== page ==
Along the road a number of design features can help address the issues discussed in the first part of this article, including:

  • formalised crossings of the main road
  • segregation of cycle lanes
  • more greenery
  • narrowing extra wide traffic lanes which currently encourage speeding
  • reducing width and radius of side road entrances into housing estates
  • continuous footpaths or raised crossing at side roads

These measures can be supported by extending the 50km/h speed limit to at least the business park or possibly to the Coca-Cola factory and extending the 60km/h speed limit to the school and have a variable speed limit of less at the school times.

The road needs extra crossings of one kind of another — the current situation of only people who can dart across the road being able to cross at ease is a real barrier to enabling people to get around safety outside their cars. Here’s some possable crossing point. Here’s possable locations for a mix of formal crossings like zebra crossings and refuge islands:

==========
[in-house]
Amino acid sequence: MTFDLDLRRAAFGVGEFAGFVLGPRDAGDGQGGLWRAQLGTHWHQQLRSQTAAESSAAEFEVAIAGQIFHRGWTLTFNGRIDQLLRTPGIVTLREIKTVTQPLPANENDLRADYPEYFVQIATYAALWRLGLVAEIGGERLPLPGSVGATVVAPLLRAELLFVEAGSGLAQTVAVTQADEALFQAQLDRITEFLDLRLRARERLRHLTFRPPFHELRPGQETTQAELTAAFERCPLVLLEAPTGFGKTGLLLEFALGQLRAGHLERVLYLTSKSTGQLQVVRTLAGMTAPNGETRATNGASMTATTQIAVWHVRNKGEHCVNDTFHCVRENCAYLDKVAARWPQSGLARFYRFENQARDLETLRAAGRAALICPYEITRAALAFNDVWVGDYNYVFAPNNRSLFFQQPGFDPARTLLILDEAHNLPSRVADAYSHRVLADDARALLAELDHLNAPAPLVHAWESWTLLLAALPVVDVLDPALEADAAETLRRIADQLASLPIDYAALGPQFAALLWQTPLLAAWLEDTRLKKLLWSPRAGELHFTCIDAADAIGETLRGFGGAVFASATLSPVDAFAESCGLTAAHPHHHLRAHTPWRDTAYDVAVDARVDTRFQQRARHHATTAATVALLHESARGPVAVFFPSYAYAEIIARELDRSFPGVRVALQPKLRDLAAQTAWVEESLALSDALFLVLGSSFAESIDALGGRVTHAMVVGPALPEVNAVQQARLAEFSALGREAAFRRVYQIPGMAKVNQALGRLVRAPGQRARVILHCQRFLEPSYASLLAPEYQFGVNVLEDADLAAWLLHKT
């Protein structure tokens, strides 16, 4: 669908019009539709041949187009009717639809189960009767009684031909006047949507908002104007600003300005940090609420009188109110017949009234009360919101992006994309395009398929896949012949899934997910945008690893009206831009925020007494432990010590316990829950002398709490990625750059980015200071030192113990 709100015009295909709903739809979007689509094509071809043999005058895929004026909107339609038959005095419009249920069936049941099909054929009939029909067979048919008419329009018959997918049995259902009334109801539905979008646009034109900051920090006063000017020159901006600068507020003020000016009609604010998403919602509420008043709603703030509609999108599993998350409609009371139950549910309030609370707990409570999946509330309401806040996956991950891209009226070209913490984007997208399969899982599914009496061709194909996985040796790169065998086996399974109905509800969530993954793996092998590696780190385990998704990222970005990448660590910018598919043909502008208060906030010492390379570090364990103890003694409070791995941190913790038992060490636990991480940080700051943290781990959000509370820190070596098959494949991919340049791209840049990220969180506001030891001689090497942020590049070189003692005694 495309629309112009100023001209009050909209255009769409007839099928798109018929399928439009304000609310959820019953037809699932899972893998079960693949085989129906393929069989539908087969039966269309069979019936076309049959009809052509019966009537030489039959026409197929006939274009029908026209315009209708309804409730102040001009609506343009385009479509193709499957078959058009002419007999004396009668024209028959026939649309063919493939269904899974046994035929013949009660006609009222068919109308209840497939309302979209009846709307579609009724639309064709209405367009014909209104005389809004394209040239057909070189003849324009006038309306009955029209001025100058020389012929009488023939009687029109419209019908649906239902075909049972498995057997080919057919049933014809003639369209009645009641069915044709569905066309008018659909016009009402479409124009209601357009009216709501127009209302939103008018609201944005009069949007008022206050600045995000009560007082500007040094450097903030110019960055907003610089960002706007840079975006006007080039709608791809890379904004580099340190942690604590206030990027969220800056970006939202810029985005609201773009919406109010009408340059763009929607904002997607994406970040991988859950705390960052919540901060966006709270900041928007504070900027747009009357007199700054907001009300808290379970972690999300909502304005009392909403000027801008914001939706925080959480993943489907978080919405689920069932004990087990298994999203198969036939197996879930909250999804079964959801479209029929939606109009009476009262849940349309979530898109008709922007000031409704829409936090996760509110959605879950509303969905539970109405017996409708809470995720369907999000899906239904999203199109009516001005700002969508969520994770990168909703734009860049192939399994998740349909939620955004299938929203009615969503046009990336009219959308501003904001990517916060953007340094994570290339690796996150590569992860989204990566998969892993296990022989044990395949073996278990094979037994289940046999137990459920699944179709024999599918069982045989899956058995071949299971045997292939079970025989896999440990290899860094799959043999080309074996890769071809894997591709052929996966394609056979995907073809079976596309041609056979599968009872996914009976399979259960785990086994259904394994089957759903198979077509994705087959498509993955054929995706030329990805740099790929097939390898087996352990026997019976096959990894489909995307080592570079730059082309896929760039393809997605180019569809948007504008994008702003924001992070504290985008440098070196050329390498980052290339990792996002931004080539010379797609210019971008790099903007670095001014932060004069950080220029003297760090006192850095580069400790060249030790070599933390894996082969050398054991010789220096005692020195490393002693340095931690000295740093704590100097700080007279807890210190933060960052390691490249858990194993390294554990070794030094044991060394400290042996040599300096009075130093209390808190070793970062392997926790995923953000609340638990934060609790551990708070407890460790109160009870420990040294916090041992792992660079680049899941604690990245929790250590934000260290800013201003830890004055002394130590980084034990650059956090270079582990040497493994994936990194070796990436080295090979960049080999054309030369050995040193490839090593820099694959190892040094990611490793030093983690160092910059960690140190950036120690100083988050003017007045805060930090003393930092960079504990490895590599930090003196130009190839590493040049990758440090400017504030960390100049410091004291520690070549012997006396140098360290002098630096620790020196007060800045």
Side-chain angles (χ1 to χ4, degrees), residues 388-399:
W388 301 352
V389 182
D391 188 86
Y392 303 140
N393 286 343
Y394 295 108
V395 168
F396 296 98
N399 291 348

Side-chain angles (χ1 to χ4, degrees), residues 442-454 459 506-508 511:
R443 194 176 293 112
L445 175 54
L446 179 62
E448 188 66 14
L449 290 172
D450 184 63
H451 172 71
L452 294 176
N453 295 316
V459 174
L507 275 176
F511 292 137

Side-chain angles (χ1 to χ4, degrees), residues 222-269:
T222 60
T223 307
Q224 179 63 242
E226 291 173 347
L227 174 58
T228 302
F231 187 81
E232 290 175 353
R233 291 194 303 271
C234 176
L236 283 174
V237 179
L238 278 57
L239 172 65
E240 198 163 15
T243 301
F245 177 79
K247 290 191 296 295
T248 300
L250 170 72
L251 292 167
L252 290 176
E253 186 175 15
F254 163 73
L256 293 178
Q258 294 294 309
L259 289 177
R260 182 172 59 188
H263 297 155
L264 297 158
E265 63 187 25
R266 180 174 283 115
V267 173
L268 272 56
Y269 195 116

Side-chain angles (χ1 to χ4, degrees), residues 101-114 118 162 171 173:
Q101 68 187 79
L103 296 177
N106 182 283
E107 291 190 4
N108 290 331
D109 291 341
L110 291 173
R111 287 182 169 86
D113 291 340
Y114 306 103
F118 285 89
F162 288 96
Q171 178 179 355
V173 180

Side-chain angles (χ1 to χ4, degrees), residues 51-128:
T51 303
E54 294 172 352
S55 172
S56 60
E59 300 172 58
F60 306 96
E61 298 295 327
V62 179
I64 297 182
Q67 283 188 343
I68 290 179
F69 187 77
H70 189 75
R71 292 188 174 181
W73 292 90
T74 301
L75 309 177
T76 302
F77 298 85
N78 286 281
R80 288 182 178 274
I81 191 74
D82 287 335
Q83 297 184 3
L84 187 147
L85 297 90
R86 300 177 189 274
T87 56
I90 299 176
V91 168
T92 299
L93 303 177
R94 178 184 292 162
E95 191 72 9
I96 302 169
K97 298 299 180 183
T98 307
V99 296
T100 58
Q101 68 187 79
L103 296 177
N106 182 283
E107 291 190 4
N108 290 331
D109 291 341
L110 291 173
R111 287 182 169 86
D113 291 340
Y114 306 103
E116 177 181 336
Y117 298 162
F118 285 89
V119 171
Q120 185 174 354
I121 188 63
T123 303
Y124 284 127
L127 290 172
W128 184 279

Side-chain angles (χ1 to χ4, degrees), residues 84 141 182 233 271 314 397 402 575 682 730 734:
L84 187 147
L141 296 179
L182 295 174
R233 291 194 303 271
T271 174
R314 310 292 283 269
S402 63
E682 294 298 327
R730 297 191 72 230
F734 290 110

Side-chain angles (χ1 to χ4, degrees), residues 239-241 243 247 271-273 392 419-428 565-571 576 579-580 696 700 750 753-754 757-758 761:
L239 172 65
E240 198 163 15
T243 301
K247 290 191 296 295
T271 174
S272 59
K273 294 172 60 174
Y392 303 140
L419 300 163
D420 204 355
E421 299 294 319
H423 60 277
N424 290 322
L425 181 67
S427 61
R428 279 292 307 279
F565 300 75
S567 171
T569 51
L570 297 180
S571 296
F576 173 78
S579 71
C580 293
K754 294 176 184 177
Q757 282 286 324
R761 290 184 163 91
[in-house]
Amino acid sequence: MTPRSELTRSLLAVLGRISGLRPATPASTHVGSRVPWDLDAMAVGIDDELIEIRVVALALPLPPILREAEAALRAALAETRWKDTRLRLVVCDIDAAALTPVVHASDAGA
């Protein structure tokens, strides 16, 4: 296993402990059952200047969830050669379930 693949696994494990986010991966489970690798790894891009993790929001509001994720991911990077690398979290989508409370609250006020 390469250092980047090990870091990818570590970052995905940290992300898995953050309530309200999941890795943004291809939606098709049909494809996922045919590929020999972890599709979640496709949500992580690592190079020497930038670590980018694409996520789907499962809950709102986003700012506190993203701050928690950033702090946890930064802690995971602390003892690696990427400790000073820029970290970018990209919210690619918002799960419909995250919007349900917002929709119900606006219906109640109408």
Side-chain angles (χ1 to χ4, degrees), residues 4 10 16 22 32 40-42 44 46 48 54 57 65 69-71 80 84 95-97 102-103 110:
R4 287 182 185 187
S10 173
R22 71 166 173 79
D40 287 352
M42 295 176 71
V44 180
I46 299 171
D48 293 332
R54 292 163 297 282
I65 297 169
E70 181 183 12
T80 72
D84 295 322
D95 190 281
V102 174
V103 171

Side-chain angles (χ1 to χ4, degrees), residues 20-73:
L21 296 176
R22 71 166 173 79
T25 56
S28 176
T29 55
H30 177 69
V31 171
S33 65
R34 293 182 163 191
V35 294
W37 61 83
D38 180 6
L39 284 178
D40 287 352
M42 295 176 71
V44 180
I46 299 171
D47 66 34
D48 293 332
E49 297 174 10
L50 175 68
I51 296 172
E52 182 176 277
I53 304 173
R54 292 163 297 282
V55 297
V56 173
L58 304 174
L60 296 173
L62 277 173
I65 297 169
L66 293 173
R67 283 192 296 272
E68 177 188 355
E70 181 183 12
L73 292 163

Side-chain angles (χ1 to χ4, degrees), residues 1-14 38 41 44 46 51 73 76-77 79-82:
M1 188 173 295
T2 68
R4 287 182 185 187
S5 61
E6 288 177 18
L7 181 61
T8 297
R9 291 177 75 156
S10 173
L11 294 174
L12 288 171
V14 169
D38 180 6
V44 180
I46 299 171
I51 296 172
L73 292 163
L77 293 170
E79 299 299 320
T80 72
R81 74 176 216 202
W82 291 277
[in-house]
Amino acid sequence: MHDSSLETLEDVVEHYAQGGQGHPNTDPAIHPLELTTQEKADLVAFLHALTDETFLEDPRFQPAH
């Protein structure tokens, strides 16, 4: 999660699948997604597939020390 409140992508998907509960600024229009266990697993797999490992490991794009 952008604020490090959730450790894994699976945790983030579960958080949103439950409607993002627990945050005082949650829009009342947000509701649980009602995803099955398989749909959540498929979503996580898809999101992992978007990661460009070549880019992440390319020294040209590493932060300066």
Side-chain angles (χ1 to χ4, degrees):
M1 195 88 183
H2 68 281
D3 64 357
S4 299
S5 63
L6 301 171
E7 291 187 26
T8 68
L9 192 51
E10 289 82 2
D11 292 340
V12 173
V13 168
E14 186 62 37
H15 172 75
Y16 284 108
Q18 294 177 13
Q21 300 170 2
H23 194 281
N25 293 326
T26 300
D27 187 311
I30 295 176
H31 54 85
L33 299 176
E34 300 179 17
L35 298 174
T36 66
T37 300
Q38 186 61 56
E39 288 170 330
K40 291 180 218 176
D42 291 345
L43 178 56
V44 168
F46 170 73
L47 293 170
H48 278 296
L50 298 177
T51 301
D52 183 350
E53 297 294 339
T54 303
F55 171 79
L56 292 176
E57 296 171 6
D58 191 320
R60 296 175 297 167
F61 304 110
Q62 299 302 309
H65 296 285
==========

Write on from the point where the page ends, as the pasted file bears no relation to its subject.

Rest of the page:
Below are cross-section drawings showing options of what could be on the Killala Road. Option A and Option B are listed for all sections, but generally it’s an overall choice (ie if option A or B is chosen, it’s for all sections, not just one). Option A includes unidirectional cycle paths on each side of the road and Option B includes a two-way cycle path on one side of the road.

Two-way cycle paths have their advantages and disadvantages — here’s an example of one at the edge of the Dutch town of De Bilt. The first image shows a pinch point and the second image show what can be done on a wider section. This is relevant to the Killala Road as will be explained below